Hi! It's me, Joris.

It looks like I've linked you here myself. Linking people to a blogpost I wrote is often a bit akward, especially at work.

I likely shared this blog in an attempt to further a conversation. Usually the post does a better job at succinctly sharing information than I could by talking.

In any case, I hope me sharing this post doesn't come across as humblebragging, that's really the opposite of what I'm trying to achieve.

Thanks for reading!

My digital brain 🧠
3 min read

How note-taking makes me (much) smarter

Even with the web at your fingertips, it takes time to research and combine information in a way that makes sense to you or that is relevant in your current context.

I’ve learned that the ability to quickly retrieve summarized and contextualized information, is a large part of what people mean by “having experience”. For most of us flawed humans, that’s impossible without keeping notes.

I started building my own personal knowledge base about 5 years ago. What started out as some loose notes, has now amounted to over 1500 notes on all sort of topics. Given its size and how it’s a crucial part of my personal and professional life, I sometimes refer to this as my digital brain. Without it, I’d definitely feel somewhat lost.

Maybe some day I’ll be able to consume its information through a direct-brain interface 🙃

My digital brain

Different note types

Most notes fall under one of the following categories:

  • Knowledge articles: wiki-style descriptive notes, mostly on technology
  • Project Notes: notes related to a specific project (e.g. meetings notes, message drafts, task instructions)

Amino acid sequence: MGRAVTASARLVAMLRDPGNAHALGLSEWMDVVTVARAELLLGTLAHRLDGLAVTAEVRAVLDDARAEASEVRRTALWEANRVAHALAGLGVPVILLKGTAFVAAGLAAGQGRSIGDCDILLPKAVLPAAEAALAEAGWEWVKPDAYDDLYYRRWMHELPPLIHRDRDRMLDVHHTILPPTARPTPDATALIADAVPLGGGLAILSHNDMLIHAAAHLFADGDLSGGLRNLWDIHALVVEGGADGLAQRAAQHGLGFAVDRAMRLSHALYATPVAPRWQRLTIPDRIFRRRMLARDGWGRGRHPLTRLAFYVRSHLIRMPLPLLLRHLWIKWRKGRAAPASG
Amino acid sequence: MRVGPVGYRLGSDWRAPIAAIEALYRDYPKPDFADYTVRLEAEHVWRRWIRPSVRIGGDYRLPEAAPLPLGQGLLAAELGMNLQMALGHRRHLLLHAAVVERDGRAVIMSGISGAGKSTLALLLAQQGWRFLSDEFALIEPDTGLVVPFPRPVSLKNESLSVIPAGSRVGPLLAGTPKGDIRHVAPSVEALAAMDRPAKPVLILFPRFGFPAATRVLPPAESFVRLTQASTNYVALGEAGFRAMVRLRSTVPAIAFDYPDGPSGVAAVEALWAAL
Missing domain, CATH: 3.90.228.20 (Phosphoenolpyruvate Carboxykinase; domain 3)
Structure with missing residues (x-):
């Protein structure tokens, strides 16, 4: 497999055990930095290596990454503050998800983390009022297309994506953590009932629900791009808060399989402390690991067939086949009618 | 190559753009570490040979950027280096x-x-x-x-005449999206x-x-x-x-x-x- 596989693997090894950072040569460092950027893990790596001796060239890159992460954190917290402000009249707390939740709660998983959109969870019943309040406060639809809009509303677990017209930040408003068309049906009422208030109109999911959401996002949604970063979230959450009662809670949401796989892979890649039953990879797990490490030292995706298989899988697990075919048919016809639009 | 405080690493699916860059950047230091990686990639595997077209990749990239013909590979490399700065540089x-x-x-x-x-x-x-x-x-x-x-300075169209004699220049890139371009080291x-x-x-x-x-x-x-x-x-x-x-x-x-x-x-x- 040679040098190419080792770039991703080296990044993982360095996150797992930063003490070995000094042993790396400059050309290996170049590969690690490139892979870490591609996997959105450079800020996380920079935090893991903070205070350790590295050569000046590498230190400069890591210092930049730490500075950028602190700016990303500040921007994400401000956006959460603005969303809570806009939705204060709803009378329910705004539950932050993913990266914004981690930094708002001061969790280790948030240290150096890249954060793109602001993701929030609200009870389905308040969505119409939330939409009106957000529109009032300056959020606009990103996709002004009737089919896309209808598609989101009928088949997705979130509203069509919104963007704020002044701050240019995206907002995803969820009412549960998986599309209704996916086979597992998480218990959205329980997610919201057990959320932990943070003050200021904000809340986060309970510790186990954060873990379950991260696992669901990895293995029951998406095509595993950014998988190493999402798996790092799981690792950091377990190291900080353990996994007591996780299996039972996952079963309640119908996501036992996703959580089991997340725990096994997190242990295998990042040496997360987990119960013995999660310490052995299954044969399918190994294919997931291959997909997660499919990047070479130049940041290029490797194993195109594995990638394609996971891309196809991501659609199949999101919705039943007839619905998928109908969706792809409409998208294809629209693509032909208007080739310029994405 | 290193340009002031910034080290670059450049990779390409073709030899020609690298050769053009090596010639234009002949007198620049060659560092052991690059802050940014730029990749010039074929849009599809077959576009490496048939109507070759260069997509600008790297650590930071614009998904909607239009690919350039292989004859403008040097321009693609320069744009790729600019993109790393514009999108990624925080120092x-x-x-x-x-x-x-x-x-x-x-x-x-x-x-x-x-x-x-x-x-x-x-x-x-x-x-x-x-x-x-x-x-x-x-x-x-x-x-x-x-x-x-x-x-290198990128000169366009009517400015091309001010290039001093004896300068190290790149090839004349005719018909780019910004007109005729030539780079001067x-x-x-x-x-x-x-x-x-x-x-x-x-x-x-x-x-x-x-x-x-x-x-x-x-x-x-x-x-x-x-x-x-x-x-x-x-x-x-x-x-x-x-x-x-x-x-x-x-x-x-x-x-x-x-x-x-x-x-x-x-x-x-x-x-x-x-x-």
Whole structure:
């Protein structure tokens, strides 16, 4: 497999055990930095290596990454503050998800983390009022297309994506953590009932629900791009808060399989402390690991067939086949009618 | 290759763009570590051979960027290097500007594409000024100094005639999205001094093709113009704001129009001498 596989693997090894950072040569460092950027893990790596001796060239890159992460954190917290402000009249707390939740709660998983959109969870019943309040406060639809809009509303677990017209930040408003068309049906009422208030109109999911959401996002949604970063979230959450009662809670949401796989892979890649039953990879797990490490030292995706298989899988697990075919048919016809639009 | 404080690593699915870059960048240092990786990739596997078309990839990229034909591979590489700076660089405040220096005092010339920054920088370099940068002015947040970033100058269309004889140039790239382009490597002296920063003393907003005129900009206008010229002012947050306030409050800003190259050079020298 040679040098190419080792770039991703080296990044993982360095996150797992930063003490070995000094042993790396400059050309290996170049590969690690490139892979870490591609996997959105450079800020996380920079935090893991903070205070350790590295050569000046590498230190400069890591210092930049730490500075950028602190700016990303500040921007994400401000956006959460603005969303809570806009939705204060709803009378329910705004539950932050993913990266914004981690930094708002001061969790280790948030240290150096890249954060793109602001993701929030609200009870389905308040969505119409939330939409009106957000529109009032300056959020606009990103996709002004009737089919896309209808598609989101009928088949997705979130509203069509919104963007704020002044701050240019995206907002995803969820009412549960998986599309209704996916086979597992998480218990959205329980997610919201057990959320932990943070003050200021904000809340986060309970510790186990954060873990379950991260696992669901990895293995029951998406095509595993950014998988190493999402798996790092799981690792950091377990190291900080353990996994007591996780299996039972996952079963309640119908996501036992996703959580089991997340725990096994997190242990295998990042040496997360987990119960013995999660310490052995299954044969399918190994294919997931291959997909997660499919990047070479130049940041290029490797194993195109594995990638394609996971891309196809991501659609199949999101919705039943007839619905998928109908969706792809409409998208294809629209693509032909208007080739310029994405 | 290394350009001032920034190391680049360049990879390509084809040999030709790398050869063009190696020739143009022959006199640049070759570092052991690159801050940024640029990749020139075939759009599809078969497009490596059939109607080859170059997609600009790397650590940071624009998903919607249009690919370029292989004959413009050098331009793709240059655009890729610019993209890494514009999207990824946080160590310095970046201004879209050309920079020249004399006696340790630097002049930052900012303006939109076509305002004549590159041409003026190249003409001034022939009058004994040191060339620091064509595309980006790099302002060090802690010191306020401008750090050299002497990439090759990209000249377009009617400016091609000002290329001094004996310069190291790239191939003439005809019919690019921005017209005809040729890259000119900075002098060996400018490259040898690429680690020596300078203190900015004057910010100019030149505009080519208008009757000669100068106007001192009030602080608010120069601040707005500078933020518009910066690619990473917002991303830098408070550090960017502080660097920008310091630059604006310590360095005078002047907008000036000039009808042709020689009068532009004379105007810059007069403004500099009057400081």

• Lists: either in traditional checkbox format, as organized kanban boards, or as structured tables. Used extensively to track personal projects

Paperwork excluded

I do not store general administrative paperwork (e.g. invoices, paper records, etc) in my digital brain, as I only need to reference that seldomly and adding them would only clutter things. I have a separate paperless workflow for that.

I do still use physical paper scratchpad to jot down notes, mostly during meetings or for daily to-do lists. However, those don’t live longer than 48 hours, usually much shorter. If important enough, I’ll take time to transcribe things into my note-taking app.

Structure brings clarity

I organize my notes hierarchically by topic, with the top-level folders being Personal, KB (Knowledge Base) and Work. Organizing things is forever a work-in-progress.

Various parts of my notes hierarchy. Almost all of these are folders, they contain many notes or folders under them.

Various parts of my notes hierarchy. Almost all of these are folders, they contain many notes or folders under them.


I had tried many different note-taking apps (incl. Evernote, OneNote, Quiver, Bear, StandardNotes, BoostNote and more), when I discovered Notion about 18 months ago.

For me, it’s been one of those tools that I love so much that I actively promote it to my colleagues and friends.

Here are some of the reasons I like Notion:

  • Multi-platform support: Desktop (mac, windows), mobile (iPhone, android), web.
  • Cloud Sync and offline-mode: Same data on all devices, all the time.
  • Block-based note-taking: Easily manipulate different content types (code, images, lists, tables, embeds, etc).
  • Strong Formatting: The usual suspects: headers, lists, text formatting. Hard requirements: code formatting, linking to other pages. Bonus points: in-tool image resizing.
  • Advanced blocks: Kanban boards, structured tables, galleries, calendar, templates. Bye Bye Trello and co.
  • Strong search and organization: Folders with unlimited nesting and good, fast search. Custom folder and page icons are nice.
  • Browser Extension - Web Clipper: Easily store (parts of) web pages for later.
  • Easy data export: Easy markdown exports (not only html or pdf). I don’t want to risk losing my data (happened before…).
  • Frequently updated: software that doesn’t receive frequent updates goes bad pretty quickly.